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Liberian Cremation Policy May Prevent Hospital Visits


According to an Associated Press report on October 24, in Liberia a policy of mandatory cremation was established in order to control the spread of Ebola through unsafe burial practices.  This policy has allegedly led to abandonment of the hospital facilities in Liberia.  Patient’s families are so afraid of cremation and not being able to know where their loved ones are buried that they are avoiding hospitalization and burying them secretly.  As a result, Ebola treatment centers are only half full.  In contrast, in the other two countries affected, cremation is not mandated, and hospitals are full.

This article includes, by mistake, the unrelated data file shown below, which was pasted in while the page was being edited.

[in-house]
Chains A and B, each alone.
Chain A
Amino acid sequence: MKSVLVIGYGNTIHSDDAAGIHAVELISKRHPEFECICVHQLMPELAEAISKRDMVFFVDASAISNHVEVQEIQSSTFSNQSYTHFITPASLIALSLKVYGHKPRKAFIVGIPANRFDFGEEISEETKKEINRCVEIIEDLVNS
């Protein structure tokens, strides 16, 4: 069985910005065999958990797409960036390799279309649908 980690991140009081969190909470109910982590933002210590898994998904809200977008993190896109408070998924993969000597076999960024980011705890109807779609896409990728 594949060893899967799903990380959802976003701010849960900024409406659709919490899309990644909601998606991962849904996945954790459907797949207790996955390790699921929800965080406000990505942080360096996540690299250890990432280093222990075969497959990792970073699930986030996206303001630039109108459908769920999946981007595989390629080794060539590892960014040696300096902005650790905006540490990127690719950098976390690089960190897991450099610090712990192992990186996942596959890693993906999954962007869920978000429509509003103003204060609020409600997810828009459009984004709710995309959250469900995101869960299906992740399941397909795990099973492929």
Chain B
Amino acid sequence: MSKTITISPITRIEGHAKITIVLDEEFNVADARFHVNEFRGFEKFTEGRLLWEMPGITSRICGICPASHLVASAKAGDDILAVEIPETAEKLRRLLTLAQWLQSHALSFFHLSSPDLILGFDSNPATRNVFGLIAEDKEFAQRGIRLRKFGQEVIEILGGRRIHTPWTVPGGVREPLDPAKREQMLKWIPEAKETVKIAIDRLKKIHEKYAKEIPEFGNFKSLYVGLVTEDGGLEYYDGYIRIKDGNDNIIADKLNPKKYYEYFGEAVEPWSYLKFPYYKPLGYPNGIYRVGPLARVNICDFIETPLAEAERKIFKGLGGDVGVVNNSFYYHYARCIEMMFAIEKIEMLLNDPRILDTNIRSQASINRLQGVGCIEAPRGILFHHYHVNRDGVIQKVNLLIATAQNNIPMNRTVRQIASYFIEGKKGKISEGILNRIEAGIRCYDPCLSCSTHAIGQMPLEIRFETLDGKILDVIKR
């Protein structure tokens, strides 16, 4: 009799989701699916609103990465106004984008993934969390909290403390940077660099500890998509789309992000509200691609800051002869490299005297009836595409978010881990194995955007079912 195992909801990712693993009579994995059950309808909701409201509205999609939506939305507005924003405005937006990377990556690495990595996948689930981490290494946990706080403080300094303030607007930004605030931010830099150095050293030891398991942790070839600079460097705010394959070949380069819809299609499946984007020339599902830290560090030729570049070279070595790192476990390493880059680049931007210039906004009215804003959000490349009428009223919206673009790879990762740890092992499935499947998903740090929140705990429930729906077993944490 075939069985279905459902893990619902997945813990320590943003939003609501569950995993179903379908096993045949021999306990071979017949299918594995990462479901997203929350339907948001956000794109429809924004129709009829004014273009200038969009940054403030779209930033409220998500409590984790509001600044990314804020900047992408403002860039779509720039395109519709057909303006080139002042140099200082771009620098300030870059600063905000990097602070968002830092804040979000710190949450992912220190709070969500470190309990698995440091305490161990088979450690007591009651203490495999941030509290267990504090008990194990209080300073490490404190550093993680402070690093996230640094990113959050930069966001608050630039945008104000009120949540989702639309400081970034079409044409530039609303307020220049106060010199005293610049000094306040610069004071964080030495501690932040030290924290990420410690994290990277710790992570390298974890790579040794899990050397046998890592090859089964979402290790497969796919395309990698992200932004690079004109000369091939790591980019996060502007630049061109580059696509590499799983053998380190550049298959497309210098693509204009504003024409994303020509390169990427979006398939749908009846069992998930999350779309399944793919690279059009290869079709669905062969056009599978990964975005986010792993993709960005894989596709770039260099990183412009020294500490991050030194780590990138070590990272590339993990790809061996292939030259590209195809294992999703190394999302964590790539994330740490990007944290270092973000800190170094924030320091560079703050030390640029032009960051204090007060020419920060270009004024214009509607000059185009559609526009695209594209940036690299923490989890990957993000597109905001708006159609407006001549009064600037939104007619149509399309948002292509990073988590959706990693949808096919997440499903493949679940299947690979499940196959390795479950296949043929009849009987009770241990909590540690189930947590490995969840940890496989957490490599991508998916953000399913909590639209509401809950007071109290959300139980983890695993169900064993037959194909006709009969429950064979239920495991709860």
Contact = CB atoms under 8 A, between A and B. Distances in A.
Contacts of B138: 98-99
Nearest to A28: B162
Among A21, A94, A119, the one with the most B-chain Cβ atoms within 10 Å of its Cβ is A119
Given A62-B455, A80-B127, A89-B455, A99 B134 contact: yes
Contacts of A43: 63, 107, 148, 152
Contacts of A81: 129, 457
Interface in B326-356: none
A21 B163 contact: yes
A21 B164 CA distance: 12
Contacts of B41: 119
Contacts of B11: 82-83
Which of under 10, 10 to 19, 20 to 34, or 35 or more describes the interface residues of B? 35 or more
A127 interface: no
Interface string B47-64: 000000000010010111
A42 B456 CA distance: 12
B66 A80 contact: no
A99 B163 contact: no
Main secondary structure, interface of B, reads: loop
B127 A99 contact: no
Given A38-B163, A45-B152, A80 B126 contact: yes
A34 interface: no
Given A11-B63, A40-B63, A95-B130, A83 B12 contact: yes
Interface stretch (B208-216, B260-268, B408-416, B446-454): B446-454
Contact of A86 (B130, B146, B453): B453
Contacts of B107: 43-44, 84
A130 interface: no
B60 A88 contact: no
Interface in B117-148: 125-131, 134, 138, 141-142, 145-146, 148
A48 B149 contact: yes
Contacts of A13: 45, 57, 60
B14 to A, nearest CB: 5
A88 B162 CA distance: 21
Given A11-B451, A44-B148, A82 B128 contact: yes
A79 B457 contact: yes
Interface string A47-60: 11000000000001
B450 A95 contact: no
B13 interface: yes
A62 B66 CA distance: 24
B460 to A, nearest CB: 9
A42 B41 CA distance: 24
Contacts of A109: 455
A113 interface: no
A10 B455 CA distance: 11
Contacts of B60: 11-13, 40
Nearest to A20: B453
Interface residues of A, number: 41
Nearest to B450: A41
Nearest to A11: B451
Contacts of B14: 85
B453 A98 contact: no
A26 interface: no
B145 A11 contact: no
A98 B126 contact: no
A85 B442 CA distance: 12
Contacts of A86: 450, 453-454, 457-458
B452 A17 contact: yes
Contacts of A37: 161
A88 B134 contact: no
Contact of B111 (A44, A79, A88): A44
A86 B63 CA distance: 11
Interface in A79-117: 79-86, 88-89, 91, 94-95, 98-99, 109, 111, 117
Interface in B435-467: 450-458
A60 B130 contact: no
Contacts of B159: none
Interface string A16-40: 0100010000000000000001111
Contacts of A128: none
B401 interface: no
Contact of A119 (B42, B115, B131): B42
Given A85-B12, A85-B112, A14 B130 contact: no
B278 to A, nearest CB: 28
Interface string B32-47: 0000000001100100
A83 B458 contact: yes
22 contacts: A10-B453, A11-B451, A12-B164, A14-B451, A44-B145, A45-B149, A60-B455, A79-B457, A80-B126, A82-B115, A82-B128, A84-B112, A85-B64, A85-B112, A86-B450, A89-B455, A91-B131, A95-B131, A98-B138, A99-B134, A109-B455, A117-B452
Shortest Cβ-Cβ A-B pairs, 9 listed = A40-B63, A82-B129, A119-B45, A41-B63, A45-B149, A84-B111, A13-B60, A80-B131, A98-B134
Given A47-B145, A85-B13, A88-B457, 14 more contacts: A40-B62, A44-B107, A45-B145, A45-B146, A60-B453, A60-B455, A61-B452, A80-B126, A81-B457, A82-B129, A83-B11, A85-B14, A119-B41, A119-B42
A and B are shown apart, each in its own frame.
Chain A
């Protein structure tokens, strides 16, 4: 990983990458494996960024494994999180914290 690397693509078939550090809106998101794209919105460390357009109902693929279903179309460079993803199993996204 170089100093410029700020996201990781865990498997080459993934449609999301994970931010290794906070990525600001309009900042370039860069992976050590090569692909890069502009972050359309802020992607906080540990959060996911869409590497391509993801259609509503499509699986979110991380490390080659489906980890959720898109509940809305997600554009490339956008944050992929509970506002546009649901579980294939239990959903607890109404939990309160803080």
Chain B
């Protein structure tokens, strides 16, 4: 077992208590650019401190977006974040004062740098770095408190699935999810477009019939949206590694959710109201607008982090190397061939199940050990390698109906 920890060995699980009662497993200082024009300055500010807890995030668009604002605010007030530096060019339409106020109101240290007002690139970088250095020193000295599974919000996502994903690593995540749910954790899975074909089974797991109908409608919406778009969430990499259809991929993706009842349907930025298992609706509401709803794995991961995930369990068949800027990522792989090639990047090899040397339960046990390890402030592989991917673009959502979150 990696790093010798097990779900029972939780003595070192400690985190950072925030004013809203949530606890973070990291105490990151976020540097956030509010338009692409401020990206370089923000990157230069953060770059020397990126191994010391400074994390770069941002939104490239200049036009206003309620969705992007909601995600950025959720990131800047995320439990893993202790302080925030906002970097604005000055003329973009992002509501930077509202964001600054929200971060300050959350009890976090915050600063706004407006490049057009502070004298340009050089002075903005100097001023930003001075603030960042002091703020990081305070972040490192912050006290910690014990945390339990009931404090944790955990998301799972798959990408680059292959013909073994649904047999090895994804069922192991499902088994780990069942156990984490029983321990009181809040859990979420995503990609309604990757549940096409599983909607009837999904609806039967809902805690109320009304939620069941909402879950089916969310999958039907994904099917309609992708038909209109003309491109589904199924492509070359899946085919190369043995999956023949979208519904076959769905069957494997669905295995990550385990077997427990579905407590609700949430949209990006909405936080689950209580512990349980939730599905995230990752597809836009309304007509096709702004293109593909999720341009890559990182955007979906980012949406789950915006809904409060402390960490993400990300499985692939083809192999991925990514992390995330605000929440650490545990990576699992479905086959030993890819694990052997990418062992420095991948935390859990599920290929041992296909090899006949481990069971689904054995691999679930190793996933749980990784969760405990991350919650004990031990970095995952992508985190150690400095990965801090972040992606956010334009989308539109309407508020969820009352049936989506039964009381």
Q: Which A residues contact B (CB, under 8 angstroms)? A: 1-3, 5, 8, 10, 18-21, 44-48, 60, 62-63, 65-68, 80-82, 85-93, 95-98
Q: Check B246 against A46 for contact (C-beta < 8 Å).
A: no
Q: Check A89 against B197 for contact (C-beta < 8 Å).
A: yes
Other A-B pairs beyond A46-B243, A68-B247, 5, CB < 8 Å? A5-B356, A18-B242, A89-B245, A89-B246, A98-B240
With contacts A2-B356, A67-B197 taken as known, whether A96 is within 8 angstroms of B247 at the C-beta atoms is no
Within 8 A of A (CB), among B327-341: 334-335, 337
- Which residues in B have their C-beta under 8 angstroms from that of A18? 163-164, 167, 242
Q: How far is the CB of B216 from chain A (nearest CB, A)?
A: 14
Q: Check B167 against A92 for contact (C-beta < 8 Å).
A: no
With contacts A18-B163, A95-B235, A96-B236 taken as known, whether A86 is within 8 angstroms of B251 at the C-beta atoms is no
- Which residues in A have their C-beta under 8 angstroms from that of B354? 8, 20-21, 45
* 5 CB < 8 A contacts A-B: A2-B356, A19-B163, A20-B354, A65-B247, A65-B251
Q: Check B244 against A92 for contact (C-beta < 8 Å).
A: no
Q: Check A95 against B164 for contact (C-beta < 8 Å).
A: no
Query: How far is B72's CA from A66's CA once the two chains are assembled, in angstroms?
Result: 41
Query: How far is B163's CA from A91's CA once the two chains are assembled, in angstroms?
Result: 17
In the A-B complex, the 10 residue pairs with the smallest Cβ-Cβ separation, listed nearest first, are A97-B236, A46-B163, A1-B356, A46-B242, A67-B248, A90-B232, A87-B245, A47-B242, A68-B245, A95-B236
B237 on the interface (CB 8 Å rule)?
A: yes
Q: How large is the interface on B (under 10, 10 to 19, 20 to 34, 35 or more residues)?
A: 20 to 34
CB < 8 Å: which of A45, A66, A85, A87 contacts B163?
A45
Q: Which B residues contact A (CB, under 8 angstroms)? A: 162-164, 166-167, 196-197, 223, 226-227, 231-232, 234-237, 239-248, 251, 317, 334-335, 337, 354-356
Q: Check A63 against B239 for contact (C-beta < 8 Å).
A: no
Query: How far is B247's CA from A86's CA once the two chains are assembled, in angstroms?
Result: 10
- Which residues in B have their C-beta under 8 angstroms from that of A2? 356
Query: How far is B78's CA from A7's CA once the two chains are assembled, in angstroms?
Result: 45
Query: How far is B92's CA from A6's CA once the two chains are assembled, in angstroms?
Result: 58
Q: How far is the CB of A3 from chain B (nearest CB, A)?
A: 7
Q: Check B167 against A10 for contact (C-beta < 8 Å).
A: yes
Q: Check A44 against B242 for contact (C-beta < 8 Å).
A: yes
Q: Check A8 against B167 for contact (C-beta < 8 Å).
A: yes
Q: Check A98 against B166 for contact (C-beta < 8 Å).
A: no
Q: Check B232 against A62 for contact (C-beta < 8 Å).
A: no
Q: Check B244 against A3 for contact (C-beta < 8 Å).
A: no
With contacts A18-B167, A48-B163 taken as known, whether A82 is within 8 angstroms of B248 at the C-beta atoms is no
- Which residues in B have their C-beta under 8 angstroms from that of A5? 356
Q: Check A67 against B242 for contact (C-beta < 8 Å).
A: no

Secret burial without everyone involved falling ill is possible in part because three out of four people infected with Ebola are asymptomatic.  This means that an epidemic will certainly end before a quarter of the people become sick with Ebola.  If the mortality rate is fifty percent, then at most one eighth of the population will die.  In addition, it has been noted that serially transmitted virus becomes less and less virulent until it disappears after five generations.

These factors suggest that more nurses may have been infected with Ebola than just the two who became symptomatic, further impugning the isolation precautions that were taken in Dallas.

It appears on further examination that the Ebola epidemic will eventually burn itself out, but there may be major uncertainties in counting the victims, especially in Liberia.

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